- Impedance Control: There is a rich variation of approaches regarding the theme of impedance control (stiffness control, admittance control, force control, etc). Which ones are suited for which tasks? Can we benchmark their performance on a single task?
- variations in object category
- variations in object geometry
- variations in object mechanical properties (friction, weight, etc.)
- Contact-implicit Trajectory Optimization for multi-finger contact.
- Hybrid-MPC for the pusher-slider system
Project ProposalThe project proposal is intended as a forcing function for you to crystalize a project idea. Moreover, it gives us a chance to offer you a feedback and make sure that your plan is feasible in the time allotted to the project. The first draft (for 6.800 students) should be ~500-750 words, and the final version ~1000 words. It should detail your idea for the project, and:
- Define exactly what the project deliverable is.
- Briefly describe why the project is interesting.
- List the topics that we have studied (or that we will study) in class that are covered by your project. For example: kinematics, deep/geometric perception, force control, motion planning, etc.
- Discuss any related prior work you have found that is relevant. If this project is related to your research or a project you are doing concurrently for another class, tell us about that now (and read the guidelines for the final report below)..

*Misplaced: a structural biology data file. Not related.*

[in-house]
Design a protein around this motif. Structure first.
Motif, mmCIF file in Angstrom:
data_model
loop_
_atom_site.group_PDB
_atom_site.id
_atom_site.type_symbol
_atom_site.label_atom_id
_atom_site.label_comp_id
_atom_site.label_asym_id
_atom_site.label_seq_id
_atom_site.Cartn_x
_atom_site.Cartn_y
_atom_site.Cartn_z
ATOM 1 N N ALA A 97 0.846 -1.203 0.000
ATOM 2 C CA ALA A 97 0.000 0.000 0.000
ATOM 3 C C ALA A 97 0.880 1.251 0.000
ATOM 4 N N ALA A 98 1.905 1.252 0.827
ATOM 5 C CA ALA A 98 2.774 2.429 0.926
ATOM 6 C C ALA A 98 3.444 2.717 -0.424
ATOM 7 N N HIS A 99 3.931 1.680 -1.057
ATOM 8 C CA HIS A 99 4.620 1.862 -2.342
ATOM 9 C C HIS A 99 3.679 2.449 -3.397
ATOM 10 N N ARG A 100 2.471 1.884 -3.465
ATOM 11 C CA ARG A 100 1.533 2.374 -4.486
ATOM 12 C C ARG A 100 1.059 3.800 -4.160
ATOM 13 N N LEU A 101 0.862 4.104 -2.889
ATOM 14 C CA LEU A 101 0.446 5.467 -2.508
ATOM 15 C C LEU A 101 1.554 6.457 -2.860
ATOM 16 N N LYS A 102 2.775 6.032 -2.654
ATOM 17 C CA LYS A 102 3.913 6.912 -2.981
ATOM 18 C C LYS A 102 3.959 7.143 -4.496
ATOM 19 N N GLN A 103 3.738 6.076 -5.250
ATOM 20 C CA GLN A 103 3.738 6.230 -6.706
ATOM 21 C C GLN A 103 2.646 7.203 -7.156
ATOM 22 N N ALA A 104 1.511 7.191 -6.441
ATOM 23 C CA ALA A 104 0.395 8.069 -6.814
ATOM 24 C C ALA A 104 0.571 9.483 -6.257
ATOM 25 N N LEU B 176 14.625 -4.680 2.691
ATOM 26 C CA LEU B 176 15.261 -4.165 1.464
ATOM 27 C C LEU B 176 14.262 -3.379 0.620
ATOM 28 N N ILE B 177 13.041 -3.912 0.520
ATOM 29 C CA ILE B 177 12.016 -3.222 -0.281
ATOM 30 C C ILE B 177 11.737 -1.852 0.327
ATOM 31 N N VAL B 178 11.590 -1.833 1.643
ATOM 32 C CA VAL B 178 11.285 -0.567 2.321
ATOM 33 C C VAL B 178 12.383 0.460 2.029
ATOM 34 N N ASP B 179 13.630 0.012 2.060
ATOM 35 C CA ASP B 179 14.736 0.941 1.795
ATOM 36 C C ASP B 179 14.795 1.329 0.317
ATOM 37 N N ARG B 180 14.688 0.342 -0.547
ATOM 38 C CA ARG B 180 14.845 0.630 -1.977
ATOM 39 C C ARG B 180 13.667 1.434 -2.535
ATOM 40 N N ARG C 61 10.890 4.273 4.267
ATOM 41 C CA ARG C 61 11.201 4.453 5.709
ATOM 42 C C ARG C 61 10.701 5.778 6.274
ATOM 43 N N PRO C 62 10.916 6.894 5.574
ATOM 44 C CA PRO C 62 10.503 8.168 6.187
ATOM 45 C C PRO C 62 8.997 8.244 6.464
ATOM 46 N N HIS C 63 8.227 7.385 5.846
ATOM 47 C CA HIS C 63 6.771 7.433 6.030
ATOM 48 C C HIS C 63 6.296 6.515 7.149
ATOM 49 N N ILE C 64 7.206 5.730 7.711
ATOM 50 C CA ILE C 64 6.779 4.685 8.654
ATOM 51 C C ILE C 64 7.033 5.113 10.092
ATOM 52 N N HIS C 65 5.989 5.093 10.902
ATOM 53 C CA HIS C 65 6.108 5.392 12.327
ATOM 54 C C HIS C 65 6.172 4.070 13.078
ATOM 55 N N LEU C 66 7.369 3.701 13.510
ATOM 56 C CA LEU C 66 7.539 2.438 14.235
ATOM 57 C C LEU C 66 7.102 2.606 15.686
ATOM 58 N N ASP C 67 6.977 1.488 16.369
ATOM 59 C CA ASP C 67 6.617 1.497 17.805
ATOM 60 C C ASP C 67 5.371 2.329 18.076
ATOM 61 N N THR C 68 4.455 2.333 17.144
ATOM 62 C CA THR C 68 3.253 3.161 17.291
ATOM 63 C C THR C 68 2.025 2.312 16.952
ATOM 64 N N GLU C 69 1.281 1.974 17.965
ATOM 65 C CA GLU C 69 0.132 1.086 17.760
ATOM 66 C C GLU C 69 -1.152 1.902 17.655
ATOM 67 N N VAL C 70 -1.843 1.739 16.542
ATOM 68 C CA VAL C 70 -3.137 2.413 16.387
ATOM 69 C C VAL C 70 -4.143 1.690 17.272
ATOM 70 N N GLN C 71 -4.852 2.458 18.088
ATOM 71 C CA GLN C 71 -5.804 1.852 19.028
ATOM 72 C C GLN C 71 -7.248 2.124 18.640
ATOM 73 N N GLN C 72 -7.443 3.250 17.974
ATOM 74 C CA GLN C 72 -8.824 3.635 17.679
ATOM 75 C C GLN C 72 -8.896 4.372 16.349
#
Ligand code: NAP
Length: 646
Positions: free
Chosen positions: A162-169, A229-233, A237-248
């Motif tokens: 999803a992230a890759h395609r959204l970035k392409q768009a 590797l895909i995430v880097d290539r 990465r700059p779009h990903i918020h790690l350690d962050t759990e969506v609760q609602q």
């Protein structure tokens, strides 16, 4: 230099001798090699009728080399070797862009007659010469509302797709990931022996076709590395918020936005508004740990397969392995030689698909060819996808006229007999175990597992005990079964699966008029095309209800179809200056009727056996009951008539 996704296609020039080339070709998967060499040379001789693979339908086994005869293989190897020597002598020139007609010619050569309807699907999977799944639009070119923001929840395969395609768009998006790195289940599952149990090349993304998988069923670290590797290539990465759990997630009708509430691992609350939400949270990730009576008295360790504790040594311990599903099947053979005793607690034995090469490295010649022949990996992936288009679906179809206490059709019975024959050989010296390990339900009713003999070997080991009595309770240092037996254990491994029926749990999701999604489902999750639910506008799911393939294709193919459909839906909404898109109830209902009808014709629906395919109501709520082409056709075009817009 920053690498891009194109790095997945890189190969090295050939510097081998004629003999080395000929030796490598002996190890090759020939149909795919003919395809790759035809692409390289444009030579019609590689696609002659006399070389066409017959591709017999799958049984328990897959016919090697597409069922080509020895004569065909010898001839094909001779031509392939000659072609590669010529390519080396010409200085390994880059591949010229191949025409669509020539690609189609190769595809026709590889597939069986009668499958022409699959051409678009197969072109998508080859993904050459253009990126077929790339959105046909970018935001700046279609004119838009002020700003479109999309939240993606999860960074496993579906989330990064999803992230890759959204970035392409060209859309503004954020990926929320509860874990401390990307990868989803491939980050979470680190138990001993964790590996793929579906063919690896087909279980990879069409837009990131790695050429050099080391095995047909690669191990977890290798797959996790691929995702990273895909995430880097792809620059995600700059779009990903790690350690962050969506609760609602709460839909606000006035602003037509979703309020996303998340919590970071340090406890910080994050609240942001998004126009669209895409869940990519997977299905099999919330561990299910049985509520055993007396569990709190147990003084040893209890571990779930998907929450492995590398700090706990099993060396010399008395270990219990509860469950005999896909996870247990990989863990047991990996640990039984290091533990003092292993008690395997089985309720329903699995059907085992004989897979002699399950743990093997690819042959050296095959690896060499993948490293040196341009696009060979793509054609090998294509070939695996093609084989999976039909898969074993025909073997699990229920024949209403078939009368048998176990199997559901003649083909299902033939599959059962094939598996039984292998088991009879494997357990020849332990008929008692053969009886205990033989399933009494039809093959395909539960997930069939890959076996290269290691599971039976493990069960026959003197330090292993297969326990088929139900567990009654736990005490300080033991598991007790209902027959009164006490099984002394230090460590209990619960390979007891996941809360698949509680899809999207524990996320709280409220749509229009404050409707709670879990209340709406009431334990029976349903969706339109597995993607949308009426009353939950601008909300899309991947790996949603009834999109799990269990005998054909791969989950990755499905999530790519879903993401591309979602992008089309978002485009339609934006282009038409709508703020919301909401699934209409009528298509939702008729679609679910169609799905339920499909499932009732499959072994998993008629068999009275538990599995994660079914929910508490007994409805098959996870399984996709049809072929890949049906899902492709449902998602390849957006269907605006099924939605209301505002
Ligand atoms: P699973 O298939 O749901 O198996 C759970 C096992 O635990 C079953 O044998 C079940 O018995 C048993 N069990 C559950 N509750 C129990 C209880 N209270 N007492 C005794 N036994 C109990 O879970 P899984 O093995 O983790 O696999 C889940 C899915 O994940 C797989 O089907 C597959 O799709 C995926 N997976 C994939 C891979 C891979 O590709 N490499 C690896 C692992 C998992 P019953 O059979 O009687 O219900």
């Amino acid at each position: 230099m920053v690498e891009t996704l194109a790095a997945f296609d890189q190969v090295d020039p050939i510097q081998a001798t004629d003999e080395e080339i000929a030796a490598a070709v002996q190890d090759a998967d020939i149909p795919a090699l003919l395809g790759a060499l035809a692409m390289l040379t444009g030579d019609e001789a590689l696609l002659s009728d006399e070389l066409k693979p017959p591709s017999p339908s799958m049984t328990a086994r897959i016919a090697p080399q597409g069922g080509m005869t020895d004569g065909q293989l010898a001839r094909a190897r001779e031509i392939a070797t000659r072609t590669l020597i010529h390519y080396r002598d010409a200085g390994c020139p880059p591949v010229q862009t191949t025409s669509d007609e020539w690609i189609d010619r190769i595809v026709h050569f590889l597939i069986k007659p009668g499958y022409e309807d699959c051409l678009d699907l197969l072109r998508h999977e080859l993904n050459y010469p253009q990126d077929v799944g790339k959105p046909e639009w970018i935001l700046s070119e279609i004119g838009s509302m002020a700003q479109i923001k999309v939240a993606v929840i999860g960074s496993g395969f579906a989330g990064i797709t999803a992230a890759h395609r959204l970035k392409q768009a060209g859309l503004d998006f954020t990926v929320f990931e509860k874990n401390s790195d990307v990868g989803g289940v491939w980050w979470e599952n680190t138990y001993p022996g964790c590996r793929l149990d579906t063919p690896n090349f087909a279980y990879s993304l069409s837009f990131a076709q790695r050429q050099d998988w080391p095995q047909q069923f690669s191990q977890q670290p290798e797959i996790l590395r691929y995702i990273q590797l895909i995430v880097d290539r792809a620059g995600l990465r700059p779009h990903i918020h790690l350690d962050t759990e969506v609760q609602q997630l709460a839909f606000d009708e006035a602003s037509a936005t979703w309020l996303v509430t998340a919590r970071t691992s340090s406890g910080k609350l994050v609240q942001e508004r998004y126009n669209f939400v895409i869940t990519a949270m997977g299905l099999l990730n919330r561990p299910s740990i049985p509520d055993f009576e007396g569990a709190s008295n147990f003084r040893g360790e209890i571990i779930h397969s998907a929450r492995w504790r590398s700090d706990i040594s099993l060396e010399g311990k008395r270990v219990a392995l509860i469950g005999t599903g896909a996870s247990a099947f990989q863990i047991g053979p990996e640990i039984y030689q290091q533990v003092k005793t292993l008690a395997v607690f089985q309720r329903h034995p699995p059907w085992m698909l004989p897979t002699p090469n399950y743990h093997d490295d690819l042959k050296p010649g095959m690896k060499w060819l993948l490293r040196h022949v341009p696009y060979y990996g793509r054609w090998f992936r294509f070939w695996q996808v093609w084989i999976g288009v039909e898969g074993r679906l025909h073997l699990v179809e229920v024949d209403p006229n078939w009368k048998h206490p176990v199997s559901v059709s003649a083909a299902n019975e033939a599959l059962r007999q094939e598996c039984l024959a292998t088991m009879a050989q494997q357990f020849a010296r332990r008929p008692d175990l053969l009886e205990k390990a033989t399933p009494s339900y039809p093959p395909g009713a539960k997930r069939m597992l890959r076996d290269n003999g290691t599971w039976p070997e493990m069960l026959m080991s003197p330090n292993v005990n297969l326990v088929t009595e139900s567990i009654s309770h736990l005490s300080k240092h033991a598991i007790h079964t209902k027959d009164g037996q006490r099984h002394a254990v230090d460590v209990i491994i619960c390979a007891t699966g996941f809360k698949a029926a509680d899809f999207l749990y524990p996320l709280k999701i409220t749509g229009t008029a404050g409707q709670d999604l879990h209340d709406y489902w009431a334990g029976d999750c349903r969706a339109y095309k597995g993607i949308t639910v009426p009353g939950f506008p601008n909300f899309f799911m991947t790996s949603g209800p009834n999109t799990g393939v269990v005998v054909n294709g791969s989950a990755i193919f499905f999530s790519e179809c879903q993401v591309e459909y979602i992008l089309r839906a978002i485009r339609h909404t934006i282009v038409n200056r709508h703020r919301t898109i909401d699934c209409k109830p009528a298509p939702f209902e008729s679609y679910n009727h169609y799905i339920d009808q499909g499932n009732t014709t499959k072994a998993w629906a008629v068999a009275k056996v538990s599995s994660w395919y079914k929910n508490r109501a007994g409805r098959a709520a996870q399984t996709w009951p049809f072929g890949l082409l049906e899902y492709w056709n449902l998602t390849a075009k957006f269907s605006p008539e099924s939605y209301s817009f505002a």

- Define specific goals that you expect to have accomplished before each of the progress updates. It does not have to be extremely polished, but it does need to provide us with enough information to understand what you are hoping to do. Otherwise, we won't be able to help you!
Progress UpdatesWe will request short (~1 paragraph) project updates some of the problem sets in order to keep us up to date with how you have progressed. 6.800 students will have scheduled interactions with the CI-M staff. All students should reach out to the technical staff to discuss their projects/progress.
Final PresentationThe project presentation is due by: Wednesday, Dec 8. Extensions may be granted on request. The presentation must have duration of 3 minutes for individual projects, 4 minutes for two-person projects and 5 minutes for three-person projects. For group presentations, please try to share the time evenly between the various members of the group. This year we will require you to upload presentations on Youtube, more details will follow on Piazza.
Final ReportWe expect you to provide a final report of your project by Wednesday, Dec 8. Using the IEEE Template for conference proceedings (probably the LaTeX one, unless you really enjoy using MS Word), write a summary of what you accomplished during your project. Write it, as much as possible, like a conference paper. You should include:
- An abstract.
- An introduction of your project and why you think it is interesting.
- A related work / literature review section
- Your results (partial or work-in-progress is expected, and completely fine!)
- A discussion of your results and potential next steps
- For team projects: please describe the contributions made by each team member.
- For projects related to your research or a project in another class, please clearly denote what parts of the project overlap (or not) with the other efforts.